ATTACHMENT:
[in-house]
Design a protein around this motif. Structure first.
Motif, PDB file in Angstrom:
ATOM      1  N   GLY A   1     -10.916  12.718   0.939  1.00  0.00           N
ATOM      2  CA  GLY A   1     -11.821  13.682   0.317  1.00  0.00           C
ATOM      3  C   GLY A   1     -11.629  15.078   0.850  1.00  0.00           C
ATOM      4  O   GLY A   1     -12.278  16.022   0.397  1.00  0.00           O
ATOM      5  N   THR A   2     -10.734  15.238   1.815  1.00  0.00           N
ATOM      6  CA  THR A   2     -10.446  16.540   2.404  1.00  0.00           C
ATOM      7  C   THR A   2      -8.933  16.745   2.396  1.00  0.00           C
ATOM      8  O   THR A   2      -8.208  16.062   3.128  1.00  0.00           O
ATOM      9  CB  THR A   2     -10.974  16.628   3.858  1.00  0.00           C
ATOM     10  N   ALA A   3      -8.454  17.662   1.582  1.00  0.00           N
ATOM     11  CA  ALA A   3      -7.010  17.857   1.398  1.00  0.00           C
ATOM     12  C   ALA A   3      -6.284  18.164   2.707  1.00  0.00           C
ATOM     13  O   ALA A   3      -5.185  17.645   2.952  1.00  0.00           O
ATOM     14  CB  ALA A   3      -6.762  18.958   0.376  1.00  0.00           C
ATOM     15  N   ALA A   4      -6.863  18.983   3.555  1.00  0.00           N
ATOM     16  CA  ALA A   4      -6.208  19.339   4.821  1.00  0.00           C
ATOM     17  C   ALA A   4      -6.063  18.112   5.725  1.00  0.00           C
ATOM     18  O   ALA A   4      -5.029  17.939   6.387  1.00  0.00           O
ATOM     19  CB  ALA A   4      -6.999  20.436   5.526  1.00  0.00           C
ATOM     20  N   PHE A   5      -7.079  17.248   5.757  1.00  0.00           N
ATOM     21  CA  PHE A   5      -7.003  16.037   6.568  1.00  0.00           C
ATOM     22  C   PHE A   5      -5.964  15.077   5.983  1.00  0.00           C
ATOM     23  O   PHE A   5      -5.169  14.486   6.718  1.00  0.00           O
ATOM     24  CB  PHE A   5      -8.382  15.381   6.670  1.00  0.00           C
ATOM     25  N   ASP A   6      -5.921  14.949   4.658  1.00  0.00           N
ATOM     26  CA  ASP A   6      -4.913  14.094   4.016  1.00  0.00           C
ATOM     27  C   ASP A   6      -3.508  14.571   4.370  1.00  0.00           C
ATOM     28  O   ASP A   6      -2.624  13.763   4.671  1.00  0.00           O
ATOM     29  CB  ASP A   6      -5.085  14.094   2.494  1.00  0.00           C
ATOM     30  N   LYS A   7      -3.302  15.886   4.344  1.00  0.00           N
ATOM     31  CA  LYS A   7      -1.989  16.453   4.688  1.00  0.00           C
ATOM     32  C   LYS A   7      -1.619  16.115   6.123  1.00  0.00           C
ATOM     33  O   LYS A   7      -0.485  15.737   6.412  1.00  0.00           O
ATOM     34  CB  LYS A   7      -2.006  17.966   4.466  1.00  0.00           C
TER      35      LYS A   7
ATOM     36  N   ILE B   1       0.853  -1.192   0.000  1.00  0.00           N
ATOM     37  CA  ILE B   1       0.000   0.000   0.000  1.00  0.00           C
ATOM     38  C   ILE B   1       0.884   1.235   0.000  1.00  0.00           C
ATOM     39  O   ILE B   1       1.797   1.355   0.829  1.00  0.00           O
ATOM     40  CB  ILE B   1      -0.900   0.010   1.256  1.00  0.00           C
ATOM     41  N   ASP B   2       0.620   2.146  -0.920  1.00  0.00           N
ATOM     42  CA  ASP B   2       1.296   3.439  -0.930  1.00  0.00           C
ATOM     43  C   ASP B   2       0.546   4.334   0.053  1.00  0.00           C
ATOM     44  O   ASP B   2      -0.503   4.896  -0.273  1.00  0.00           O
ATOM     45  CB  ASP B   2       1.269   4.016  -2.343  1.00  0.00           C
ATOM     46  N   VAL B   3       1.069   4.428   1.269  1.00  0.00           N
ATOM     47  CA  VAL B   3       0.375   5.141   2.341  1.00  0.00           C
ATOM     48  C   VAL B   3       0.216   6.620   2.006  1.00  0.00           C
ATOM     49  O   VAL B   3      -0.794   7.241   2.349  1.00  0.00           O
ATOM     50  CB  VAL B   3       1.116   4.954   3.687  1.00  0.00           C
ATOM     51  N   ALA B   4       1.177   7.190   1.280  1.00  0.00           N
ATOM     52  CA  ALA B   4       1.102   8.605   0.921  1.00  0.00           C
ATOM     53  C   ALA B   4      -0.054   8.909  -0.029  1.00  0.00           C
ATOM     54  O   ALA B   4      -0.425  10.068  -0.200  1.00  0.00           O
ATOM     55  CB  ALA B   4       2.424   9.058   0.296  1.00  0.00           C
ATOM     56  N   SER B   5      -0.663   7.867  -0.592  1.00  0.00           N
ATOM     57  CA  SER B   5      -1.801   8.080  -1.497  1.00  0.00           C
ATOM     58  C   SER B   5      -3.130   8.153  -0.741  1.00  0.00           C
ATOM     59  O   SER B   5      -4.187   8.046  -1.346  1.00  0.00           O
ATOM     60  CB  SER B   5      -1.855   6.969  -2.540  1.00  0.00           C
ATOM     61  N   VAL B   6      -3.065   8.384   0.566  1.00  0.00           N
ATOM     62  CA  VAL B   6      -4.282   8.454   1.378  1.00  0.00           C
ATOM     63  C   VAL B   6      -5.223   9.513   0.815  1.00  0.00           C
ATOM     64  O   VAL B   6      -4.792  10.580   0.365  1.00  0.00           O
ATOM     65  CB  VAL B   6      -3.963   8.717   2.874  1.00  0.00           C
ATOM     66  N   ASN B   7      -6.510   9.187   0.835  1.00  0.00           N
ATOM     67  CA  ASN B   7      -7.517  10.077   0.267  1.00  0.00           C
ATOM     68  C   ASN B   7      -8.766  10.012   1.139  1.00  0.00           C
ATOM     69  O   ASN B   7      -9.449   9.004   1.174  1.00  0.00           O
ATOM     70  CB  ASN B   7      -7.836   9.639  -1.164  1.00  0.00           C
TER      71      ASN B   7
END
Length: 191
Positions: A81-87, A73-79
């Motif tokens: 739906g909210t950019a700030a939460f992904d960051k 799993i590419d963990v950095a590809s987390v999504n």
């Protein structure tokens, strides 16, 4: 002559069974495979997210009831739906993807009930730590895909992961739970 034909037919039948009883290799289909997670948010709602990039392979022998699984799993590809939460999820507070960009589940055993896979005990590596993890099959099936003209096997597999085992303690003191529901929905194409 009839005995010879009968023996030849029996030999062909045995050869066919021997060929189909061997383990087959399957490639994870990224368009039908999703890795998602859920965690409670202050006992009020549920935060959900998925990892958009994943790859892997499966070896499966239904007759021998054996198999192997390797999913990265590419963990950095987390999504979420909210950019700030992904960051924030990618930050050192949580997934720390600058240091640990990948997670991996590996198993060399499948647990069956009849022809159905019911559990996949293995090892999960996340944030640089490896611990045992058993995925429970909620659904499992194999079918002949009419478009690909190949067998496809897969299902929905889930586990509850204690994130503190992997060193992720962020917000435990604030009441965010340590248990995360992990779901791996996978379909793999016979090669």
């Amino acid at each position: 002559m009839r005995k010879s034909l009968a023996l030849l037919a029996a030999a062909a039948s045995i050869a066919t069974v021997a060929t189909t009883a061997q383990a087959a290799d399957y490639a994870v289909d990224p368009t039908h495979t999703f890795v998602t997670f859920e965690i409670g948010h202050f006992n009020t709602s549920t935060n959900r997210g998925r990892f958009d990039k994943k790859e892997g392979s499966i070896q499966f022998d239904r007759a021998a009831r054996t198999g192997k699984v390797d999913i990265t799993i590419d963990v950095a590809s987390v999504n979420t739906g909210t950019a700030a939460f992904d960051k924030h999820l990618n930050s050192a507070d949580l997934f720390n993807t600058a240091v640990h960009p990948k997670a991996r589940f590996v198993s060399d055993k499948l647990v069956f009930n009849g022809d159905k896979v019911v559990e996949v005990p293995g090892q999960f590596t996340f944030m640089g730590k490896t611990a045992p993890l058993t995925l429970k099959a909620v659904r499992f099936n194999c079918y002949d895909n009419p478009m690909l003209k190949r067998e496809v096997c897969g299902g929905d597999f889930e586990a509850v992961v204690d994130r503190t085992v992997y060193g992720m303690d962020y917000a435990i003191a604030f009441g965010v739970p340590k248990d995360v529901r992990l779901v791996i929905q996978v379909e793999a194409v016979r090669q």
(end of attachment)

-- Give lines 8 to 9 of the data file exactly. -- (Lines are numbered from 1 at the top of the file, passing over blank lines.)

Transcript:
ATOM      5  N   THR A   2     -10.734  15.238   1.815  1.00  0.00           N
ATOM      6  CA  THR A   2     -10.446  16.540   2.404  1.00  0.00           C